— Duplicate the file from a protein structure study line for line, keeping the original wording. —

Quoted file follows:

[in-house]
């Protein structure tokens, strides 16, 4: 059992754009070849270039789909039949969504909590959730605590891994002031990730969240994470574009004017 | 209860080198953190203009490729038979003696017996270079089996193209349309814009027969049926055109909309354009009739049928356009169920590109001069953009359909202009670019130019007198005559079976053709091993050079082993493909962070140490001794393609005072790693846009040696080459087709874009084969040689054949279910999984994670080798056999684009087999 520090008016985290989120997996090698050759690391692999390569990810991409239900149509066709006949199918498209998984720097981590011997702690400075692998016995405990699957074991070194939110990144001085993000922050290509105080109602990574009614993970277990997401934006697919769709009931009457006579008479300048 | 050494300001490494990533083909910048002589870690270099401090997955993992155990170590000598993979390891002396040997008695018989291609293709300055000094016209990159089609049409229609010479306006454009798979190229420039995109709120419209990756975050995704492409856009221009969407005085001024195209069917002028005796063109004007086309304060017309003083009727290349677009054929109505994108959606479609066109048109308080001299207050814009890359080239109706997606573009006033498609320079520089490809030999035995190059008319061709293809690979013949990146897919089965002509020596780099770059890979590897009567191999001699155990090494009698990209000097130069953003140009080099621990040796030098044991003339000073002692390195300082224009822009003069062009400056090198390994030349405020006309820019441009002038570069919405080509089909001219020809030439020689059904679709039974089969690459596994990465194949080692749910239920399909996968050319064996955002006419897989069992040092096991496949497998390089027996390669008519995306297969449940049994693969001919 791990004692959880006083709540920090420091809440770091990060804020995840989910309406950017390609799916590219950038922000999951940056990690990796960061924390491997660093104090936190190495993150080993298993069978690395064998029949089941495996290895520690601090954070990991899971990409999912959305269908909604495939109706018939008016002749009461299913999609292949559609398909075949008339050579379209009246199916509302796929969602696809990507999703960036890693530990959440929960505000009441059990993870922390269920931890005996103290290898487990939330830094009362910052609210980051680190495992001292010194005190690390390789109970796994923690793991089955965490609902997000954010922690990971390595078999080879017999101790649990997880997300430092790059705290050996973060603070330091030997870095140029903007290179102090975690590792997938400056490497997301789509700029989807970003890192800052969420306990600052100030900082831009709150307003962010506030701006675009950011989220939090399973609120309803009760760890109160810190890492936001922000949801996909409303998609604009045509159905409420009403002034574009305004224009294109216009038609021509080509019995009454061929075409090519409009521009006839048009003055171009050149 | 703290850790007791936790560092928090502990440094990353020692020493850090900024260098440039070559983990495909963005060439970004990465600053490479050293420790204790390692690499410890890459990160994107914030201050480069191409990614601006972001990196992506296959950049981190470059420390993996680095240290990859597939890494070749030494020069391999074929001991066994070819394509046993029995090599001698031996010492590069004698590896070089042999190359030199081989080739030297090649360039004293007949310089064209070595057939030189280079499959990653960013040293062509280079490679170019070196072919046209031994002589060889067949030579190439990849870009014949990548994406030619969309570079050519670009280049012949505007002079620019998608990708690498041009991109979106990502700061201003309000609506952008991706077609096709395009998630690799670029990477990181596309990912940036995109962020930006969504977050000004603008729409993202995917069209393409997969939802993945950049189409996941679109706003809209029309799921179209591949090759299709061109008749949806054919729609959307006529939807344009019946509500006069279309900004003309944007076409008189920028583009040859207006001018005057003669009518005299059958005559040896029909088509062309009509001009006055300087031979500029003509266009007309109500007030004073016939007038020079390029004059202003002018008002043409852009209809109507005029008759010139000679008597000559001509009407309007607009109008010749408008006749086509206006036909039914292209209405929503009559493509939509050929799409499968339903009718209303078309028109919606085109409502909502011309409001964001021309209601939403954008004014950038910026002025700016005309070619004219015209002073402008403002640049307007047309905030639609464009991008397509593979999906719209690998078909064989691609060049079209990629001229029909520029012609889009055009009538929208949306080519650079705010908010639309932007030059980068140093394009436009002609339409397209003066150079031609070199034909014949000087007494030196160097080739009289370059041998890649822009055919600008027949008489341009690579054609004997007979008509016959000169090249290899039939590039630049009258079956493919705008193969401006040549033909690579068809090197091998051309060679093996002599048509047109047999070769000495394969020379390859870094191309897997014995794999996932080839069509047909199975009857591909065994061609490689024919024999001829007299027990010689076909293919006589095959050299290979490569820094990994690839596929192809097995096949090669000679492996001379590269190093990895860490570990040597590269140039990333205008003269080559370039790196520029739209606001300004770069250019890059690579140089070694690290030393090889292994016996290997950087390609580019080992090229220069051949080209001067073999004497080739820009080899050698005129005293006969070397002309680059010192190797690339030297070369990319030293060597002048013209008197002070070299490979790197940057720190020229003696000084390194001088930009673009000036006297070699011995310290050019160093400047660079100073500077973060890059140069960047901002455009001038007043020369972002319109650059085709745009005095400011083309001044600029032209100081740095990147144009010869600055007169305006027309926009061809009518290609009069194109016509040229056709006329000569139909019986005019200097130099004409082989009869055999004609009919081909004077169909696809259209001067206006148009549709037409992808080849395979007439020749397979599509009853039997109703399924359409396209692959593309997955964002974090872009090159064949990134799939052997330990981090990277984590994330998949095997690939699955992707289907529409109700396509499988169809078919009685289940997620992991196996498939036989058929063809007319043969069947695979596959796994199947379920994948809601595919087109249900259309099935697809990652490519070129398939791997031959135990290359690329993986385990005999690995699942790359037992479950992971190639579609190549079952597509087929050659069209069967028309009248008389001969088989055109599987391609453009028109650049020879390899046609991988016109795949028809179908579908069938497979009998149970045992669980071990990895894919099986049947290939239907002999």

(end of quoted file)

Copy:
[in-house]
């Protein structure tokens, strides 16, 4: 059992754009070849270039789909039949969504909590959730605590891994002031990730969240994470574009004017 | 209860080198953190203009490729038979003696017996270079089996193209349309814009027969049926055109909309354009009739049928356009169920590109001069953009359909202009670019130019007198005559079976053709091993050079082993493909962070140490001794393609005072790693846009040696080459087709874009084969040689054949279910999984994670080798056999684009087999 520090008016985290989120997996090698050759690391692999390569990810991409239900149509066709006949199918498209998984720097981590011997702690400075692998016995405990699957074991070194939110990144001085993000922050290509105080109602990574009614993970277990997401934006697919769709009931009457006579008479300048 | 050494300001490494990533083909910048002589870690270099401090997955993992155990170590000598993979390891002396040997008695018989291609293709300055000094016209990159089609049409229609010479306006454009798979190229420039995109709120419209990756975050995704492409856009221009969407005085001024195209069917002028005796063109004007086309304060017309003083009727290349677009054929109505994108959606479609066109048109308080001299207050814009890359080239109706997606573009006033498609320079520089490809030999035995190059008319061709293809690979013949990146897919089965002509020596780099770059890979590897009567191999001699155990090494009698990209000097130069953003140009080099621990040796030098044991003339000073002692390195300082224009822009003069062009400056090198390994030349405020006309820019441009002038570069919405080509089909001219020809030439020689059904679709039974089969690459596994990465194949080692749910239920399909996968050319064996955002006419897989069992040092096991496949497998390089027996390669008519995306297969449940049994693969001919 791990004692959880006083709540920090420091809440770091990060804020995840989910309406950017390609799916590219950038922000999951940056990690990796960061924390491997660093104090936190190495993150080993298993069978690395064998029949089941495996290895520690601090954070990991899971990409999912959305269908909604495939109706018939008016002749009461299913999609292949559609398909075949008339050579379209009246199916509302796929969602696809990507999703960036890693530990959440929960505000009441059990993870922390269920931890005996103290290898487990939330830094009362910052609210980051680190495992001292010194005190690390390789109970796994923690793991089955965490609902997000954010922690990971390595078999080879017999101790649990997880997300430092790059705290050996973060603070330091030997870095140029903007290179102090975690590792997938400056490497997301789509700029989807970003890192800052969420306990600052100030900082831009709150307003962010506030701006675009950011989220939090399973609120309803009760760890109160810190890492936001922000949801996909409303998609604009045509159905409420009403002034574009305004224009294109216009038609021509080509019995009454061929075409090519409009521009006839048009003055171009050149 | 703290850790007791936790560092928090502990440094990353020692020493850090900024260098440039070559983990495909963005060439970004990465600053490479050293420790204790390692690499410890890459990160994107914030201050480069191409990614601006972001990196992506296959950049981190470059420390993996680095240290990859597939890494070749030494020069391999074929001991066994070819394509046993029995090599001698031996010492590069004698590896070089042999190359030199081989080739030297090649360039004293007949310089064209070595057939030189280079499959990653960013040293062509280079490679170019070196072919046209031994002589060889067949030579190439990849870009014949990548994406030619969309570079050519670009280049012949505007002079620019998608990708690498041009991109979106990502700061201003309000609506952008991706077609096709395009998630690799670029990477990181596309990912940036995109962020930006969504977050000004603008729409993202995917069209393409997969939802993945950049189409996941679109706003809209029309799921179209591949090759299709061109008749949806054919729609959307006529939807344009019946509500006069279309900004003309944007076409008189920028583009040859207006001018005057003669009518005299059958005559040896029909088509062309009509001009006055300087031979500029003509266009007309109500007030004073016939007038020079390029004059202003002018008002043409852009209809109507005029008759010139000679008597000559001509009407309007607009109008010749408008006749086509206006036909039914292209209405929503009559493509939509050929799409499968339903009718209303078309028109919606085109409502909502011309409001964001021309209601939403954008004014950038910026002025700016005309070619004219015209002073402008403002640049307007047309905030639609464009991008397509593979999906719209690998078909064989691609060049079209990629001229029909520029012609889009055009009538929208949306080519650079705010908010639309932007030059980068140093394009436009002609339409397209003066150079031609070199034909014949000087007494030196160097080739009289370059041998890649822009055919600008027949008489341009690579054609004997007979008509016959000169090249290899039939590039630049009258079956493919705008193969401006040549033909690579068809090197091998051309060679093996002599048509047109047999070769000495394969020379390859870094191309897997014995794999996932080839069509047909199975009857591909065994061609490689024919024999001829007299027990010689076909293919006589095959050299290979490569820094990994690839596929192809097995096949090669000679492996001379590269190093990895860490570990040597590269140039990333205008003269080559370039790196520029739209606001300004770069250019890059690579140089070694690290030393090889292994016996290997950087390609580019080992090229220069051949080209001067073999004497080739820009080899050698005129005293006969070397002309680059010192190797690339030297070369990319030293060597002048013209008197002070070299490979790197940057720190020229003696000084390194001088930009673009000036006297070699011995310290050019160093400047660079100073500077973060890059140069960047901002455009001038007043020369972002319109650059085709745009005095400011083309001044600029032209100081740095990147144009010869600055007169305006027309926009061809009518290609009069194109016509040229056709006329000569139909019986005019200097130099004409082989009869055999004609009919081909004077169909696809259209001067206006148009549709037409992808080849395979007439020749397979599509009853039997109703399924359409396209692959593309997955964002974090872009090159064949990134799939052997330990981090990277984590994330998949095997690939699955992707289907529409109700396509499988169809078919009685289940997620992991196996498939036989058929063809007319043969069947695979596959796994199947379920994948809601595919087109249900259309099935697809990652490519070129398939791997031959135990290359690329993986385990005999690995699942790359037992479950992971190639579609190549079952597509087929050659069209069967028309009248008389001969088989055109599987391609453009028109650049020879390899046609991988016109795949028809179908579908069938497979009998149970045992669980071990990895894919099986049947290939239907002999």